I wasn’t sure I would write anything for this Saturday. I mean, it’s not like we didn’t leave you enough music to explore through the 18 posts we made during the last five days, especially the 1,000 or so albums that Andy Synn recommended in his week-long year-end lists. But as I made my way through some new songs that appeared last week, it turned out that six of the tracks I enjoyed (some of which include a portion of clean vocals) were presented through better-than-average music videos, and so I couldn’t resist the temptation to pull those together here.
Sylosis are returning with their first new album in five years. Entitled Cycle of Suffering, it will be released by Nuclear Blast on February 7th, and includes the work of new bassist Conor Marshall. The first advance track, revealed through the first video in today’s collection, is “I Sever“.
Photo by Jake Owens
I must admit that what I enjoyed most in this new song were the first 19 seconds and the last minute and a half. That somber acoustic melody at the outset has a medieval air, which I’m a sucker for, and the band pick it up again at the end, in a way that causes the song to soar in grand, heart-breaking fashion. The vocals in that closing section are still harsh, but a wonderful example of how, done right, harsh vocals can seem like singing.
I don’t mean to put down the thrashing gallop that comes in between those two segments. It does get the motor running, and includes an invigorating steel pulse that surfaces and re-surfaces in fine groovesome fashion, as well as an attention-grabbing guitar solo that precedes that wonderful closing segment. But that’s not what’s going to stand out in my memory of the song.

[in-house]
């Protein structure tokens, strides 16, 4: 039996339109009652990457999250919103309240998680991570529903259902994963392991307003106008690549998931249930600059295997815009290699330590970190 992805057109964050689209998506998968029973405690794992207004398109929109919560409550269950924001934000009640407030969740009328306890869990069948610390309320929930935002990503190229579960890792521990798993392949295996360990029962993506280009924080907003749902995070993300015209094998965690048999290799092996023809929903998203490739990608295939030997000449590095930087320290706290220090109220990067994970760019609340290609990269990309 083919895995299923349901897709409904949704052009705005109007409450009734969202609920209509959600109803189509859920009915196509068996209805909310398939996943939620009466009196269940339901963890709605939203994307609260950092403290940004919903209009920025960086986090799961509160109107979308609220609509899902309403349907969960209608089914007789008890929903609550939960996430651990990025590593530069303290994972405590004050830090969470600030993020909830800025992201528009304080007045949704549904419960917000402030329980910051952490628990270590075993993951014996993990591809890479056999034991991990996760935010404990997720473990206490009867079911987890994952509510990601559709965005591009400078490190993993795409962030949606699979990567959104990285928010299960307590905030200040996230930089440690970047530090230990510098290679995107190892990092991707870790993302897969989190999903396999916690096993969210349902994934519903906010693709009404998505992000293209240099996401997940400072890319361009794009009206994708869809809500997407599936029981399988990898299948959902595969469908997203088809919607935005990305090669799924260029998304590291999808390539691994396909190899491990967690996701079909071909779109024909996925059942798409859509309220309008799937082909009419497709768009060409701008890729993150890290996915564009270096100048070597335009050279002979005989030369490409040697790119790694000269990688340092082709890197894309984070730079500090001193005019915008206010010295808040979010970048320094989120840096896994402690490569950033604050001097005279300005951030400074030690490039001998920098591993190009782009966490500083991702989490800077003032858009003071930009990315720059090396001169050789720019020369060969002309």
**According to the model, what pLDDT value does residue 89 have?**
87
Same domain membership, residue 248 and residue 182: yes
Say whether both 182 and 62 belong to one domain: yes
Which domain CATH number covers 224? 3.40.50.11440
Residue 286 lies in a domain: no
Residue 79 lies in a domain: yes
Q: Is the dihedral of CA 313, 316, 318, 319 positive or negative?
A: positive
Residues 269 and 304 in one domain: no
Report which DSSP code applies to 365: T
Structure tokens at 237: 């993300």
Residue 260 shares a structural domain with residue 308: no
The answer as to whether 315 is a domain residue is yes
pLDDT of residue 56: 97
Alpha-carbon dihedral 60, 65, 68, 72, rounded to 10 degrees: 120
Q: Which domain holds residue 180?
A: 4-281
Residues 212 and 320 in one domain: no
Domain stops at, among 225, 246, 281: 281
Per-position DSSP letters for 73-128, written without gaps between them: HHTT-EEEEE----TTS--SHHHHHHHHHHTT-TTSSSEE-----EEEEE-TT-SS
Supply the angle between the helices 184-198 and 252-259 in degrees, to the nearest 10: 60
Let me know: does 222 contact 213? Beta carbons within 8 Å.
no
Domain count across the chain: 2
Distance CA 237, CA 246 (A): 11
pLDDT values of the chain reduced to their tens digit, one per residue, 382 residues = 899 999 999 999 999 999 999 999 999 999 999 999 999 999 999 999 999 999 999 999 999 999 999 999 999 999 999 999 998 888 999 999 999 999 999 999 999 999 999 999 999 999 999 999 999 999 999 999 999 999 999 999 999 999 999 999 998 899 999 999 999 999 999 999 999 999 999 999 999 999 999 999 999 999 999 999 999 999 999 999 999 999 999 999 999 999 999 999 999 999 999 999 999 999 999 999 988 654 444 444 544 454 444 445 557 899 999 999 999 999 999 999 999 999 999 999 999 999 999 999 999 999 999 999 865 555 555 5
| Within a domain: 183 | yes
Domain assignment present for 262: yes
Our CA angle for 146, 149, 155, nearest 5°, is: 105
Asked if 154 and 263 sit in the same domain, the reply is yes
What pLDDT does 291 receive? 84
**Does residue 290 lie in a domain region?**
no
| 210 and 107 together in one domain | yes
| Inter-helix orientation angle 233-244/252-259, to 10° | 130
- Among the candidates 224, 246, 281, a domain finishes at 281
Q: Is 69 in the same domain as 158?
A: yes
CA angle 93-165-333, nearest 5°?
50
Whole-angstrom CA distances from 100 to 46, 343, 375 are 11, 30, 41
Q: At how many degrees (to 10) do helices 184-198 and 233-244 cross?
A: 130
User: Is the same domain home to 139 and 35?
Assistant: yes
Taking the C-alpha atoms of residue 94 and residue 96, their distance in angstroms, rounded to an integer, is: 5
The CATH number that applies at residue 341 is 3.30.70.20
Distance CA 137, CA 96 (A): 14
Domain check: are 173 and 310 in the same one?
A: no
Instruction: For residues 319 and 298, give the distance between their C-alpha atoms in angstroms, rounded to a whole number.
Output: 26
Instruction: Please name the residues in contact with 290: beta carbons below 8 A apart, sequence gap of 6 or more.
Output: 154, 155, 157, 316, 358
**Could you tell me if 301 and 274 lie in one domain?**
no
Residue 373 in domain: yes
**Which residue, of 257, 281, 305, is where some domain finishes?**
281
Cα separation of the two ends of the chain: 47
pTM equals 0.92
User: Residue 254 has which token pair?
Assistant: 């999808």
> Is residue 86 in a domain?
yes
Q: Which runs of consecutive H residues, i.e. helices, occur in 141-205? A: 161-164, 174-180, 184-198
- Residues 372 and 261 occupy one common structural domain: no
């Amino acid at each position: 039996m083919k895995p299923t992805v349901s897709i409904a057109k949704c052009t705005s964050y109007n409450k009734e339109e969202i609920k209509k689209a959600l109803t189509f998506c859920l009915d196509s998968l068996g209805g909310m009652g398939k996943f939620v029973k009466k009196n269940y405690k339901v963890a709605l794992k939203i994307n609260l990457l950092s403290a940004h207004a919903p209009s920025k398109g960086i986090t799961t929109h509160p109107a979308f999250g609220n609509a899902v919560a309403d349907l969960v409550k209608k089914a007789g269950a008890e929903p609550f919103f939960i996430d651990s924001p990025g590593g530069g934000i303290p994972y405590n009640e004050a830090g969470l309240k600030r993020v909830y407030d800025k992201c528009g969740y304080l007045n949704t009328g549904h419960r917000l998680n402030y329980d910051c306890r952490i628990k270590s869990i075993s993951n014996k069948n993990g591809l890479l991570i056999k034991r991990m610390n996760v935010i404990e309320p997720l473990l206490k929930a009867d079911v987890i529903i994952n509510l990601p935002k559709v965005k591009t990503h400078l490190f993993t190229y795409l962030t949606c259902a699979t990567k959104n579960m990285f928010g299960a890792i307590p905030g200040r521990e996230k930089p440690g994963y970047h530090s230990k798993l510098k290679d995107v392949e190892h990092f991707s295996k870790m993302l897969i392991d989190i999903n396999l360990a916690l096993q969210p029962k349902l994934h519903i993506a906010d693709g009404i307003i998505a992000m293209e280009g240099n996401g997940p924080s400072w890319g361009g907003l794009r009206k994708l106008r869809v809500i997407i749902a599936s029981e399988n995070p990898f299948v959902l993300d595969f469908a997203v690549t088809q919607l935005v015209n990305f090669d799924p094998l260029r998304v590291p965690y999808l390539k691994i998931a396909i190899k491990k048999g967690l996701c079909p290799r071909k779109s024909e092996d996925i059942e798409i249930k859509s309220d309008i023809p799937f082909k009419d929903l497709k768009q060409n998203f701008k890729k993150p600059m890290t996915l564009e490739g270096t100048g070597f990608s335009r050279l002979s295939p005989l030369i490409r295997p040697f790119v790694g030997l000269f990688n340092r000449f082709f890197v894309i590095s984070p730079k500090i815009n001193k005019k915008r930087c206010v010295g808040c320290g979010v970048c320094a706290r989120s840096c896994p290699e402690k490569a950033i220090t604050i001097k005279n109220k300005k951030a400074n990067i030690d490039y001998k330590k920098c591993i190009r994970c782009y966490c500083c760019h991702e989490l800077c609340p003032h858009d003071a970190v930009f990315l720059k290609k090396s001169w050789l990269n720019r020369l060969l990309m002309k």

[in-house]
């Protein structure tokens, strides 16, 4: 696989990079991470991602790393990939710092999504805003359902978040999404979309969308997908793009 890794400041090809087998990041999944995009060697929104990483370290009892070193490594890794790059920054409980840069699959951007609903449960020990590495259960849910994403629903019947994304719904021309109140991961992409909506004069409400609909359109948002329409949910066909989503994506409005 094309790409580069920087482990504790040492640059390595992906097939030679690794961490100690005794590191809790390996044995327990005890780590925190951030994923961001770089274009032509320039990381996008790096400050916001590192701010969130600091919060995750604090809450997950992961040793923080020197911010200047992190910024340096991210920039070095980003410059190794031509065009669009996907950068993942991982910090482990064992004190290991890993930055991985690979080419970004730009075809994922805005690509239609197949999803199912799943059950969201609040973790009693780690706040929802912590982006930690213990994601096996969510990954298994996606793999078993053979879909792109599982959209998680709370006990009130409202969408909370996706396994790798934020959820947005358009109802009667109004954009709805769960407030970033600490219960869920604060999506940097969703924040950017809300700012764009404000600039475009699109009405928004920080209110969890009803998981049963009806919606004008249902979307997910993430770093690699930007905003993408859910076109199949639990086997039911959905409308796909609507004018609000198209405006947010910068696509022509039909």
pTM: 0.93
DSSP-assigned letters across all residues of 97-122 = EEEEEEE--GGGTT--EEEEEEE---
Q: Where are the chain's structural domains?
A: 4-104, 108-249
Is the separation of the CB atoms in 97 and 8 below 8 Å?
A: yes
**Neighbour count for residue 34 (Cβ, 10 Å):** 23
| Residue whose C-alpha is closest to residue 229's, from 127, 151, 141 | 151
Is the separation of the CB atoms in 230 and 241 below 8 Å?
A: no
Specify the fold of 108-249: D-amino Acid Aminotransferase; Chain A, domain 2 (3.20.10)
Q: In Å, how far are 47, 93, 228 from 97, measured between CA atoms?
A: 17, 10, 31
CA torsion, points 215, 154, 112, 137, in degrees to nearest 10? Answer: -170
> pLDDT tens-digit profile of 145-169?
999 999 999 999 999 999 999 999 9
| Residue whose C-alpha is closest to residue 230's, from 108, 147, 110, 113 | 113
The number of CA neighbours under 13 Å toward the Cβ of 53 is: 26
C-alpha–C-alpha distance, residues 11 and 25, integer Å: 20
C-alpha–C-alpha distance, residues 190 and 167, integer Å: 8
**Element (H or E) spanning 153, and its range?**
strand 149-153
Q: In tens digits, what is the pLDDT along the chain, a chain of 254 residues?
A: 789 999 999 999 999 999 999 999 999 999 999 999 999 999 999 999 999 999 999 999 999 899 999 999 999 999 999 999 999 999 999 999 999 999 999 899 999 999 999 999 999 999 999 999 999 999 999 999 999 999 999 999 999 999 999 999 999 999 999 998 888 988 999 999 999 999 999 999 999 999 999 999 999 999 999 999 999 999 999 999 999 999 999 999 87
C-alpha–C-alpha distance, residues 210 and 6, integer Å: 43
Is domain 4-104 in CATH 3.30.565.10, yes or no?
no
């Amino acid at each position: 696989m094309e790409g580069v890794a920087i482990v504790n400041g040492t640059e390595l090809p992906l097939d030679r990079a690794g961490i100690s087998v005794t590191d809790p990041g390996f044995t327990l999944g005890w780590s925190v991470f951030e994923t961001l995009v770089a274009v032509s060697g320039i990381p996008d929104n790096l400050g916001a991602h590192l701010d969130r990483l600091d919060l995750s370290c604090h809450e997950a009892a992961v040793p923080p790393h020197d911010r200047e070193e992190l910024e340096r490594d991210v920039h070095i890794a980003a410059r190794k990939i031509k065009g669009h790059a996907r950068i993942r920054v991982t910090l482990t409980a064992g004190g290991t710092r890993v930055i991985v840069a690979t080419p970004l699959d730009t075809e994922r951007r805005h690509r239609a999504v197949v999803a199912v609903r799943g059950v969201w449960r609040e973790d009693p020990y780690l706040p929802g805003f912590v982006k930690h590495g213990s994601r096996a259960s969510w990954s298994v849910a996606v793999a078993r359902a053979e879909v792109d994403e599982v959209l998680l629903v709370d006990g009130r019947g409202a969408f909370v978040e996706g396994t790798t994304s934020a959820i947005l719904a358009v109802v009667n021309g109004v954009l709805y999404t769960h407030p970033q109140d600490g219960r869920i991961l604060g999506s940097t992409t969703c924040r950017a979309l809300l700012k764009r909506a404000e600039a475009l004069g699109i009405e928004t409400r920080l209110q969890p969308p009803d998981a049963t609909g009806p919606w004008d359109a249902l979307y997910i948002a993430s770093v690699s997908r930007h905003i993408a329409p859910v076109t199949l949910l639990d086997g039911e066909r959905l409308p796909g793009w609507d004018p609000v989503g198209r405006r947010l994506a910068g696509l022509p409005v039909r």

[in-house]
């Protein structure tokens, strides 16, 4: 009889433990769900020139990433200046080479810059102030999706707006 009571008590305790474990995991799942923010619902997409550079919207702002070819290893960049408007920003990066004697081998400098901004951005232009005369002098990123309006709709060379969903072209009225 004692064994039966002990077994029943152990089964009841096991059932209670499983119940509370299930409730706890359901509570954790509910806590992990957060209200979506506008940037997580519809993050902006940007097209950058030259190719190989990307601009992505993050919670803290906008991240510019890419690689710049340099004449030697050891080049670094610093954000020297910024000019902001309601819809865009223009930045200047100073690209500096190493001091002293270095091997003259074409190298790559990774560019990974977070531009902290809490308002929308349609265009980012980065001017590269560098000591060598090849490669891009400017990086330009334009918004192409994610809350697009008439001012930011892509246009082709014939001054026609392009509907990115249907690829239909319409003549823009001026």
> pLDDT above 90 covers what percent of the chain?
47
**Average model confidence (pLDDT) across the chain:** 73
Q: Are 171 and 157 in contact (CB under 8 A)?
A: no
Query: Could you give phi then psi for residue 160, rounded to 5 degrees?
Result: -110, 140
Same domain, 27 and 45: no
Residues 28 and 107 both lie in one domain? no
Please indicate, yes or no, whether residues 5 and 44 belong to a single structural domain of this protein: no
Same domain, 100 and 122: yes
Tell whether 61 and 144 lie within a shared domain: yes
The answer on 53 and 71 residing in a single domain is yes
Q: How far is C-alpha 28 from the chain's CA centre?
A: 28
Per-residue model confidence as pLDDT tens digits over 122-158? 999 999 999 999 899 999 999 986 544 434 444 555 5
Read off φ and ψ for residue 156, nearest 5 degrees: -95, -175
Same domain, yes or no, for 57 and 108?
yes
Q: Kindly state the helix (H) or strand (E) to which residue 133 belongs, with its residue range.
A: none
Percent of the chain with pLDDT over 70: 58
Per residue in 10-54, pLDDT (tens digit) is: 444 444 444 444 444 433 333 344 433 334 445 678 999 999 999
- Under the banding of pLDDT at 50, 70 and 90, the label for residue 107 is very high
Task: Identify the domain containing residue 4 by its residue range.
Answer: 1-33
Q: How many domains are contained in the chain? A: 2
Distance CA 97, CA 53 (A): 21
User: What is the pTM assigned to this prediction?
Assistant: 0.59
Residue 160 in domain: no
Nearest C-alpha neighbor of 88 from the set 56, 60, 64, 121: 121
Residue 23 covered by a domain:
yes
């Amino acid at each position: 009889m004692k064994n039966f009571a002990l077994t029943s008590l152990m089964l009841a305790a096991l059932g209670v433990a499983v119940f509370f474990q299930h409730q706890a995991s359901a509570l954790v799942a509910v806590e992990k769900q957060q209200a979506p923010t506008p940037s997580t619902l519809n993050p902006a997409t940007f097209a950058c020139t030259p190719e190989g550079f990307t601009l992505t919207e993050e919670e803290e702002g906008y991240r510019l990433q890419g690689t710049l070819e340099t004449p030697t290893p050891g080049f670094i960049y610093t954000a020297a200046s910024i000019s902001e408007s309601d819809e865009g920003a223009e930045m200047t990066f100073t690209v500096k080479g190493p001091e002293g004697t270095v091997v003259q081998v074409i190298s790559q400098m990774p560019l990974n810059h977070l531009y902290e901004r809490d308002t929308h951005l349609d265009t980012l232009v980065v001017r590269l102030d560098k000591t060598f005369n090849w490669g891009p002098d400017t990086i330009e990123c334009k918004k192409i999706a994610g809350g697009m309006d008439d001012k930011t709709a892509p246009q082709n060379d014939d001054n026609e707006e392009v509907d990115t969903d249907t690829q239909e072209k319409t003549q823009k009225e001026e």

The only reason I happened upon this next video is because it popped up in a sidebar on YouTube alongside something else I was listening to (we still haven’t received any press releases about it). I usually don’t pay much attention to what’s in those sidebars, but the thumbnail for the video showed a robed figure behind a mic and a reference to the AOP Records label, so I decided, what the hell, let’s see what this is about.
Turns out the video is for a demo version of a song called “In the Corner of A Dead End Street” by an Israeli band named Tomorrow’s Rain. The video depicts performance of the song in front of a live audience in Tel Aviv, though the music doesn’t appear to be the audio from the live show.
I have little doubt that the song will appeal to fans of such bands as My Dying Bride and Paradise Lost, and to fans of Fields Of The Nephilim and The Sisters Of Mercy. The vocals, which range from deep, gothic intonations to harrowing goblin snarls and howls, and wretched roars, have a lot to do with the song’s appeal, but the combination of ethereal shimmering tones, craggy and jolting riffs soaked in misery, and gut punching rhythms, are equally transfixing. The song is steeped in doom, but becomes feverishly anguished and electrifying, and the extended soloing near the end is a thing of grief-stricken glory.
“In the Corner of A Dead End Street” will appear on a debut album by the band, which is still untitled. Notes on the YouTube clip state that AOP Records will release it in mid-2020. The notes also identify this jaw-dropping line-up of guests who will appear on the album:
Aaron Stainthrope (My Dying Bride)
Greg Mackintosh (Paradise Lost)
Jeff Loomis (Arch Enemy/Nevermore) – a memorial personal song about Warrel Dane.
Fernando Ribeiro (Moonspell)
Spiros Antoniou (Septicflesh)
Sakis Tolis (Rotting Christ)
Mikko Kotamaki (Swallow The Sun)
Kobi Farhi (Orphaned Land)
Anders Jacobsson (Draconian)
Shlomi Bracha (Mashina)
Lisa Cuthbert (Session live vocals of The Sisters Of Mercy)
THE SHADELESS EMPEROR
I first learned of The Shadeless Emperor through a round-up that my comrade DGR compiled for us back in 2016. At that time this Greek band had released a single called “Sullen Guard” from a forthcoming album named Ashbled Shores, and in 2017 I wrote about another song from the album called “Too Far Gone”. The album was subsequently released in August of that year by Wormholedeath (you can find it here).
What we have now is a new single that the band released on December 6th (mixed and mastered by Jari Lindholm) called “Whitethorn“. It was accompanied by the video you’ll find below, which combines vistas of nature and shadowed film of the band performing.